Solving pressure with an NLB

It has been a long time since I posted anything. Regardless, life has been busy. I am currently creating a workshop/office in my basement and a woodshop in my garage which consume most of my time. Not to mention being a parent to two kids and two pets. However, lets talk about Microsoft’s built in Network Load Balancer and how it can be combined with SSRS Scale-Out to effectively balance your reporting load.

Growing pressure from the reports

I had the pleasure of deploying a SSRS Scale-Out setup for work recently, only to find that Microsoft SQL Server Reporting Services does not, inherently, load balance. In Microsoft’s defense, it technically “is.” The kicker is that its separating “scheduled” report generations to other servers added to the deployment, where the main Reporting Server is taking on all of those wonderful user requests. Luckily, there is another option that will help us achieve actual load balancing.

Enter, Microsoft’s NLB

Microsoft provides the NLB free in Window Server and its relatively easy to setup. For SSRS, there are a few things you have to do for it to behave as intended. First, you need to have a working SSRS Scale-Out deployment. For this example, lets call it Reporting 1 and Reporting 2.

On Reporting 1, go to the start menu and open Server Manager. From here, click “Add roles and features” to install the Network Load Balancer. Progress through the menus until you get to “Features” and click the check box for “Network Load Balancing.” Proceed to install this feature.

When the installation is complete, you should see the NLB app available in your start menu, or you can search for it. Open the application and we are one step closer to creating our NLB Cluster.

Here, you will see the main view for the NLB Manager. Click on Cluster in the menu bar and select “New.” In this window, you will enter the first server in the “host” section. So in this case, its “Reporting 1” and hit connect. If successful, you will see the Ethernet interface the server uses. Click Next.

In Host Parameters, your first server should already be displayed here. You can add the other server IPS that you wish to load balance. Ensure you have NLB Manager installed on each device before doing so. I am not 100 percent positive if you need to have this installed on all devices or not, but I figure why risk it for the biscuit. After you have all the server ips added, click next.

In Cluster IP Addresses, click add. Enter the IP address for the Cluster IP. I would stick with the same subnet as your servers, but the last IP octet should be something like “.10” if that is possible for your network. Once added, proceed to the next step.

With the Cluster IP set, it is time to put the “Full Internet Name” in. Typically this will be already determined by your SSRS site name. To clarify, if your reporting server is “reporting.lots-PROD/reports”, then the Full Internet Name will be “reporting.lots-PROD.” In Cluster Operation, select “Multicast.” Proceed by click next.

Finally, you are present with the option to setup port rules. I suggest deleting the ports selected by default. You will want to add the following ports; 1433 (SQL), 80 (HTTP), and 443 (HTTPS). Hit okay and the cluster will being doing its thing. You might become disconnected shortly, but you will reconnect.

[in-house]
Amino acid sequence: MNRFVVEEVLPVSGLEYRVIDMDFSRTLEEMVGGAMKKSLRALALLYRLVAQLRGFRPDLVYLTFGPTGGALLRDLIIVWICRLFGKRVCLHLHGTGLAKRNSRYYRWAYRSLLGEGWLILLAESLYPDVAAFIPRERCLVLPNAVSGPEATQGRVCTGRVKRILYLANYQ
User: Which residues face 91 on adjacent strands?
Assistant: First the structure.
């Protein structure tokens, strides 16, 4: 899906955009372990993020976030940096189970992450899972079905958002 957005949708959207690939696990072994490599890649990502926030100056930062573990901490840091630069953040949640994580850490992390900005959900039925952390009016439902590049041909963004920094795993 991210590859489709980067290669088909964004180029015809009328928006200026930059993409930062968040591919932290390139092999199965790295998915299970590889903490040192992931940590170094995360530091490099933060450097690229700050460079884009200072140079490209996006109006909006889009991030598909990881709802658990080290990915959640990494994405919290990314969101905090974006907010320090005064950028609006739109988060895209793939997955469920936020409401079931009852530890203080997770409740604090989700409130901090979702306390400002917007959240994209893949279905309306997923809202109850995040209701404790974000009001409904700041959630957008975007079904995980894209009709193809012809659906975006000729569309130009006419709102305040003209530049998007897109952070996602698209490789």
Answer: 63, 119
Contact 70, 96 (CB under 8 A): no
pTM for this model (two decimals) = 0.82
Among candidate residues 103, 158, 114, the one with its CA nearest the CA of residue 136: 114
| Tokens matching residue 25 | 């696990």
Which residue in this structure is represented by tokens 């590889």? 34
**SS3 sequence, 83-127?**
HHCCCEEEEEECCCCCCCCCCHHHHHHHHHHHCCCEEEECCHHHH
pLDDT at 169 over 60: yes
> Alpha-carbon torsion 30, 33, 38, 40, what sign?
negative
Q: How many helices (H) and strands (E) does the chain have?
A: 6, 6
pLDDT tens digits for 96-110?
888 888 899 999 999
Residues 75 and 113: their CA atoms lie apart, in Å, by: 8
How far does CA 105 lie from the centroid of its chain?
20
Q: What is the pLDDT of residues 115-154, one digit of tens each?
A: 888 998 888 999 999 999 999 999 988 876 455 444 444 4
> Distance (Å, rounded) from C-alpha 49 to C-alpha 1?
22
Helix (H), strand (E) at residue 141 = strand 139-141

If everything worked as it should, you will see all the servers in your cluster, with a status of Converged and green icon indicating connection status.

Now, for this NLB to work for SSRS, there are a few configurations on the server side that need to be done. I will leave that for another post, but you can find the instructions here.

*Not Included

So you didn’t know, eh?

Something new I was recently made aware of was that Reporting Services are no longer updated with SQL Server CUs as of SQL Server 2017. What this means is that you have to download the Reporting Services installation media SEPARATELY. That, my friends, is frustrating.

My colleague found this and shared it with me, which then prompted us to upgrade our Reporting servers to the most recent version we could. Our hope is that by updating the Reporting Service, we might be able to resolve an issue that has been plaguing us for a couple of weeks.

The Problem!

Currently, we have a production Reporting site that houses a decent amount of reports. Nothing too crazy, but enough. Supposedly after we updated to SQL Server 2017 CU23, we had users complaining about their reports not loading, and then not being able to open any report in general. Now, when I say “open a report”, I mean clicking into the folder that houses the report, and then clicking the report itself. The user does not even get to the screen where they can input their parameters; they just receive a loading screen that sits there indefinitely. We threw more RAM/CPU at the server, because it should have been provisioned higher in the first place, but that did not completely solve the issue. The work around required a full server reboot, not just a services reboot, which we found odd. 

Finally, after going down the rabit hole of why Reporting Services are now a standalone install, the report server was updated to SQL Server 2017 CU24 and updated to the latest Reporting Services version for 2017. We have not received any reports of issues, but I am not sold on us resolving the issue.

Did you look at the ReportServer Log?

Yes, we looked into the logs, and yes we looked into the executionlog view (executionlog3) for details of the reports. However, the reports never actually fail, since they never actually GET to even passing the parameters. Maybe you can sense some frustration in this post?

Anyways, hoping that resolved the issue but since it has been awhile since I posted something SQL related, I figured I would share this. Full disclosure, I did not find this info-my colleague did. So thanks to he/she who will not be named due to privacy reasons. However, thank you!